Hi German and Brandon,

Responses in-line:

On Sun, Sep 7, 2014 at 12:21 AM, Brandon Logan <brandon.lo...@rackspace.com>

> Hi German,
> Comments in-line
> On Sun, 2014-09-07 at 04:49 +0000, Eichberger, German wrote:
> > Hi Steven,
> >
> >
> >
> > Thanks for taking the time to lay out the components clearly. I think
> > we are pretty much on the same pageJ
> >
> >
> >
> > Driver vs, Driver-less
> >
> > I strongly believe that REST is a cleaner interface/integration point
> > – but  if even Brandon believes that drivers are the better approach
> > (having suffered through the LBaaS v1 driver world which is not an
> > advertisement for this approach) I will concede on that front. Let’s
> > hope nobody makes an asynchronous driver and/or writes straight to the
> > DBJ That said I still believe that adding the driver interface now
> > will lead to some more complexity and I am not sure we will get the
> > interface right in the first version: so let’s agree to develop with a
> > driver in mind but don’t allow third party drivers before the
> > interface has matured. I think that is something we already sort of
> > agreed to, but I just want to make that explicit.
> I think the LBaaS V1/V2 driver approach works well enough.  The problems
> that arose from it were because most entities were root level objects
> and thus had some independent properties to them.  For example, a pool
> can exist without a listener, and a listener can exist without a load
> balancer.  The load balancer was the entity tied to the driver.  For
> Octavia, we've already agreed that everything will be a direct or
> indirect child of a load balancer so this should not be an issue.
> I agree with you that we will not get the interface right the first
> time.  I hope no one was planning on starting another driver other than
> haproxy anytime before 1.0 because I vaguely remember 2.0 being the time
> that multiple drivers can be used.  By that time the interface should be
> in a good shape.

I'm certainly comfortable with the self-imposed development restriction
that we develop only the haproxy driver until at least 1.0, and that we
don't allow multiple drivers until 2.0. This seems reasonable, as well, in
order to follow our constitutional mandate that the reference
implementation always be open source and with unencumbered licensing. (It
seems to follow logically that the open source reference driver must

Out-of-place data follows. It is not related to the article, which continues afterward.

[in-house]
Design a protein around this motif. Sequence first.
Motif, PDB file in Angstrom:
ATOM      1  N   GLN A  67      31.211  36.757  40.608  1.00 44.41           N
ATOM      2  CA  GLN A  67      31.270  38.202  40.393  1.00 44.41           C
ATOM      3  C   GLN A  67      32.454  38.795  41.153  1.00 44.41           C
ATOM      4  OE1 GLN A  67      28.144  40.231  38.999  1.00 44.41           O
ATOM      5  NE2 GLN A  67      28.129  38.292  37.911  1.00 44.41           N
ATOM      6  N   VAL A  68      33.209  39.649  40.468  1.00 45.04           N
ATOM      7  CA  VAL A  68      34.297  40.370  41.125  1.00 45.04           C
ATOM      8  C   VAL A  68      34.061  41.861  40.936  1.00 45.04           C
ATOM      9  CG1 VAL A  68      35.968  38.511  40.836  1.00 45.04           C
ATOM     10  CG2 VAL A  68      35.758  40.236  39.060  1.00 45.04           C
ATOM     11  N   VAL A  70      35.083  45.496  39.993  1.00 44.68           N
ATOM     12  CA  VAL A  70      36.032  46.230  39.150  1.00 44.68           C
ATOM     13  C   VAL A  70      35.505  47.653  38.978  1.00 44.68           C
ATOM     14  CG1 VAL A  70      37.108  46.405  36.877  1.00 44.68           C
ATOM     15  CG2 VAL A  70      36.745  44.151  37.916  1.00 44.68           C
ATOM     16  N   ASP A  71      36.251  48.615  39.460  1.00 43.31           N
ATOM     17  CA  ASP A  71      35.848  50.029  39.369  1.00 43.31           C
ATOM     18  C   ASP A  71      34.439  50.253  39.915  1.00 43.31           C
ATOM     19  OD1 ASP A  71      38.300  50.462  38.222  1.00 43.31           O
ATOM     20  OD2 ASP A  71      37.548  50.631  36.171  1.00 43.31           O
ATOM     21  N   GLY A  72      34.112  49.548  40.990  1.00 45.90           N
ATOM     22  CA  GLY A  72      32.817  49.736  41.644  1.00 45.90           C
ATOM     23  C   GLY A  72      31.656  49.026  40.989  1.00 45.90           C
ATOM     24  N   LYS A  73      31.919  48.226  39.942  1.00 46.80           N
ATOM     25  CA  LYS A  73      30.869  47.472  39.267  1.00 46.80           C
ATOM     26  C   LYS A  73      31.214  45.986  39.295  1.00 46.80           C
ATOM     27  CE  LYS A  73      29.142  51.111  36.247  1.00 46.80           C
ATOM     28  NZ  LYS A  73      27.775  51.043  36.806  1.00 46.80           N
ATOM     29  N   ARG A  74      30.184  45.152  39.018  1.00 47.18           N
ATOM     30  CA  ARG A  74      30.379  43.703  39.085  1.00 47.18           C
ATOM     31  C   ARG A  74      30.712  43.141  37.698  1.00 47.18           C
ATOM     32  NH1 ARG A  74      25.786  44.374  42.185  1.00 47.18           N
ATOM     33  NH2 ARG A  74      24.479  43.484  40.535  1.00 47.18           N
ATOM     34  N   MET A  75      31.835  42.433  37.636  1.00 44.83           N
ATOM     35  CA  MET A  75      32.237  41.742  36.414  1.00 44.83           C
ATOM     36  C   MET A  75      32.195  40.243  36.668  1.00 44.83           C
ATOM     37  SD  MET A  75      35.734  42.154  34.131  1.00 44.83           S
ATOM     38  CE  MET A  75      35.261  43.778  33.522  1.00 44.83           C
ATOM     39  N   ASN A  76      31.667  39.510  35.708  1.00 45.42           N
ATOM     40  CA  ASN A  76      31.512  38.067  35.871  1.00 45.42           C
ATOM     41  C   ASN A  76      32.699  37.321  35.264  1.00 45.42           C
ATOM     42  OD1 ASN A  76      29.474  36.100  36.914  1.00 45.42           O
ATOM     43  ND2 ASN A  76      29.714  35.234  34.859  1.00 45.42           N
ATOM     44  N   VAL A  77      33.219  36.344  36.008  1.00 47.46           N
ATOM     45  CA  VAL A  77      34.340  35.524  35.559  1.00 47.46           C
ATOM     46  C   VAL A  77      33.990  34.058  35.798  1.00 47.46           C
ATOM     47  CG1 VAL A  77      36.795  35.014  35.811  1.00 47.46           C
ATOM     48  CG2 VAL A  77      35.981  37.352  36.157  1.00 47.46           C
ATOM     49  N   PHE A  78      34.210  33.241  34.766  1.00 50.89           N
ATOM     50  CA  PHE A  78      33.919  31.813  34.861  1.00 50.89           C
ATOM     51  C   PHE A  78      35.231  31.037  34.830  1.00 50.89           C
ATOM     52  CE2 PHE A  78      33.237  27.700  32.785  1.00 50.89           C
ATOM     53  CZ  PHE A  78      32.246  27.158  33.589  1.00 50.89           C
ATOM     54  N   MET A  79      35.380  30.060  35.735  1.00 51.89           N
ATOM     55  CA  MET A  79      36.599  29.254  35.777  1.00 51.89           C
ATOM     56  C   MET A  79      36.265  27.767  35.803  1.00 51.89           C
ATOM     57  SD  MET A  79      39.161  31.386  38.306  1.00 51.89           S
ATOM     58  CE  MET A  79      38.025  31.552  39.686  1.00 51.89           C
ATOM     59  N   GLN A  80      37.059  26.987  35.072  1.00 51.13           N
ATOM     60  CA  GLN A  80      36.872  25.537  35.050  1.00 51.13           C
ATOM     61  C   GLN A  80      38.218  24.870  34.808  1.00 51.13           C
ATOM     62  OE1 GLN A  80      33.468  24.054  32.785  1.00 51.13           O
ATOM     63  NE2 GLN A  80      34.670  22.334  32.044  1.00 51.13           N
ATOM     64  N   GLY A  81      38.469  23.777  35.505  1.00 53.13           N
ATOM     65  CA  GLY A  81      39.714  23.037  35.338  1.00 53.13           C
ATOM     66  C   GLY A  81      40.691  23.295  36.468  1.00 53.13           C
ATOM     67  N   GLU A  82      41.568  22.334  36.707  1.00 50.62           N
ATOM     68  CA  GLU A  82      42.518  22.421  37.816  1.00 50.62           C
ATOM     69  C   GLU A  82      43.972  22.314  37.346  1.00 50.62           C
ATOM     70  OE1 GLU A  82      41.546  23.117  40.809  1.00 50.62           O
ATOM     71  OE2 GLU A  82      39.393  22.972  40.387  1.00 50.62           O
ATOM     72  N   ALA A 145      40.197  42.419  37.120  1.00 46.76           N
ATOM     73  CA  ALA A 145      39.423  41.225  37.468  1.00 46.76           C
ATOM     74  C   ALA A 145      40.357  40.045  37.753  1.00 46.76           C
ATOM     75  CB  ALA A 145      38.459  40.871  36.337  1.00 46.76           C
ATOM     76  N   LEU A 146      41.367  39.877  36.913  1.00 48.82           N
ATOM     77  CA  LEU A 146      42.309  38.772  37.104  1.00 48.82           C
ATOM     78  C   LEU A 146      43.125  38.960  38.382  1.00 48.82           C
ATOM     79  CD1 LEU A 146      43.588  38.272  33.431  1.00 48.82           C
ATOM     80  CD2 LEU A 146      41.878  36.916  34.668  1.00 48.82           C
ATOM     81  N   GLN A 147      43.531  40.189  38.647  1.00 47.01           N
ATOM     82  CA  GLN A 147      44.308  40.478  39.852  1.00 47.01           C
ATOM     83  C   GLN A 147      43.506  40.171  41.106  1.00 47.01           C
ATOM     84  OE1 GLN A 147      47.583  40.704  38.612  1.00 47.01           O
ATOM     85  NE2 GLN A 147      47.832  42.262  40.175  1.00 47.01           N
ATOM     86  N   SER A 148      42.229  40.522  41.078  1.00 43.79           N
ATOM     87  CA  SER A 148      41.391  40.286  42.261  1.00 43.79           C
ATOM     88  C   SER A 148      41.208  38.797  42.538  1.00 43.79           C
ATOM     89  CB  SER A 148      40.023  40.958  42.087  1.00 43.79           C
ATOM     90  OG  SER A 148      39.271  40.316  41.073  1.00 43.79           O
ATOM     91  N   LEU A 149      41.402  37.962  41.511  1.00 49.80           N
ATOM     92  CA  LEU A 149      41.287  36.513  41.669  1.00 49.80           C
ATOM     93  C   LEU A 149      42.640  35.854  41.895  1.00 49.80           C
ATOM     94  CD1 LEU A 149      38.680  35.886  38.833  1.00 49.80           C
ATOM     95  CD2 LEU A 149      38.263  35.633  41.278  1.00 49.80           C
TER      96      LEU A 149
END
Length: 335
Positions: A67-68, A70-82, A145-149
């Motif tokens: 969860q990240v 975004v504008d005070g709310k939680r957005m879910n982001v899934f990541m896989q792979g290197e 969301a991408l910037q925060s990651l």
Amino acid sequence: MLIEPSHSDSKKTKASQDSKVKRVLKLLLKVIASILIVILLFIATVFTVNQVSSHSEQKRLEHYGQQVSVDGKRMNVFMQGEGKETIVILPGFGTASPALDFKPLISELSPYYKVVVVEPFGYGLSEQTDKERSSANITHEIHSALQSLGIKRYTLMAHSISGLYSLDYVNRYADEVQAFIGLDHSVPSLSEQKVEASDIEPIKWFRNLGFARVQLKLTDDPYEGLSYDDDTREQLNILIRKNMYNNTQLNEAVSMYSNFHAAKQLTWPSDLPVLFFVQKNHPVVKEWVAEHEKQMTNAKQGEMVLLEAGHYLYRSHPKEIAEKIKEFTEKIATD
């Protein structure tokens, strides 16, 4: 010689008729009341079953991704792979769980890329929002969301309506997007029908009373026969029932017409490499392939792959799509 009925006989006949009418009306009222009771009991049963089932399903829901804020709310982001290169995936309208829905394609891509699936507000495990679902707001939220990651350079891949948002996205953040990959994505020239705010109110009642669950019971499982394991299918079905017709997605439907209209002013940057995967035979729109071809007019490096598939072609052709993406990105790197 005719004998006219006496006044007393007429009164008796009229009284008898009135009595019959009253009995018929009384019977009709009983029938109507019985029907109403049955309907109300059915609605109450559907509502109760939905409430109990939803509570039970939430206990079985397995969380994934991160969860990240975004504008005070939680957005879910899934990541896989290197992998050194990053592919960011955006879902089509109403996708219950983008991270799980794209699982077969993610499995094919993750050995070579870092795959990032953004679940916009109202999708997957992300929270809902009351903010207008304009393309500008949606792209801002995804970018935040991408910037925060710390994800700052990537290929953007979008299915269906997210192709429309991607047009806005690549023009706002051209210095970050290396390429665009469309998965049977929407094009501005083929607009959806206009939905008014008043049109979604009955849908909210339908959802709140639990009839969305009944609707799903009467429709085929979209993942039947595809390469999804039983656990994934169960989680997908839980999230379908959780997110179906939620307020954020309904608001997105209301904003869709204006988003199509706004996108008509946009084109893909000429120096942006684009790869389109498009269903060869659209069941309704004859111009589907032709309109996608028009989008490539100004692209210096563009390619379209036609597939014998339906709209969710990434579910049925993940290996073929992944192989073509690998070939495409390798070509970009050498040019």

necessarily lead any 3rd party drivers in feature development.)

Also, the protocol the haproxy driver will be speaking to the Octavia
haproxy amphoras will certainly be REST-like, if not completely RESTful. I
don't think anyone is disagreeing about that. (Keep in mind that REST
doesn't demand JSON or XML be used for resource representations--
 "haproxy.cfg" can still be a valid listener resource representation and
the interface still qualifies as RESTful.) Again, I'm still working on that
API spec, so I'd prefer to have a draft of that to discuss before we get
too much further into the specifics of that API so we have something
concrete to discuss (and don't waste time on non-specific speculative
objections), eh.

> >
> >
> > Multiple drivers/version for the same Controller
> >
> > This is a really contentious point for us at HP: If we allow say
> > drivers or even different versions of the same driver, e.g. A, B, C to
> > run in parallel, testing will involve to test all the possible
> > (version) combination to avoid potential side effects. That can get
> > extensive really quick. So HP is proposing, given that we will have
> > 100s of controllers any way, to limit the number of drivers per
> > controller to 1 to aide testing. We can revisit that at a future time
> > when our testing capabilities have improved but for now I believe we
> > should choose that to speed things up. I personally don’t see the need
> > for multiple drivers per controller – in an operator grade environment
> > we likely don’t need to “save” on the number of controllers ;-) The
> > only reason we might need two drivers on the same controller is if an
> > Amphora for whatever reason needs to be talked to by two drivers.
> > (e.g. you install nginx and haproxy  and have a driver for each). This
> > use case scares me so we should not allow it.
> >
> > We also see some operational simplifications from supporting only one
> > driver per controller: If we have an update for driver A we don’t need
> > to touch any controller running Driver B. Furthermore we can keep the
> > old version running but make sure no new Amphora gets scheduled there
> > to let it wind down with attrition and then stop that controller when
> > it doesn’t have any more Amphora to serve.
> I also agree that we should, for now, only allow 1 driver at a time and
> revisit it after we've got a solid grasp on everything.  I honestly
> don't think we will have multiple drivers for a while anyway, so by the
> time we have a solid grasp on it we will know the complexities it will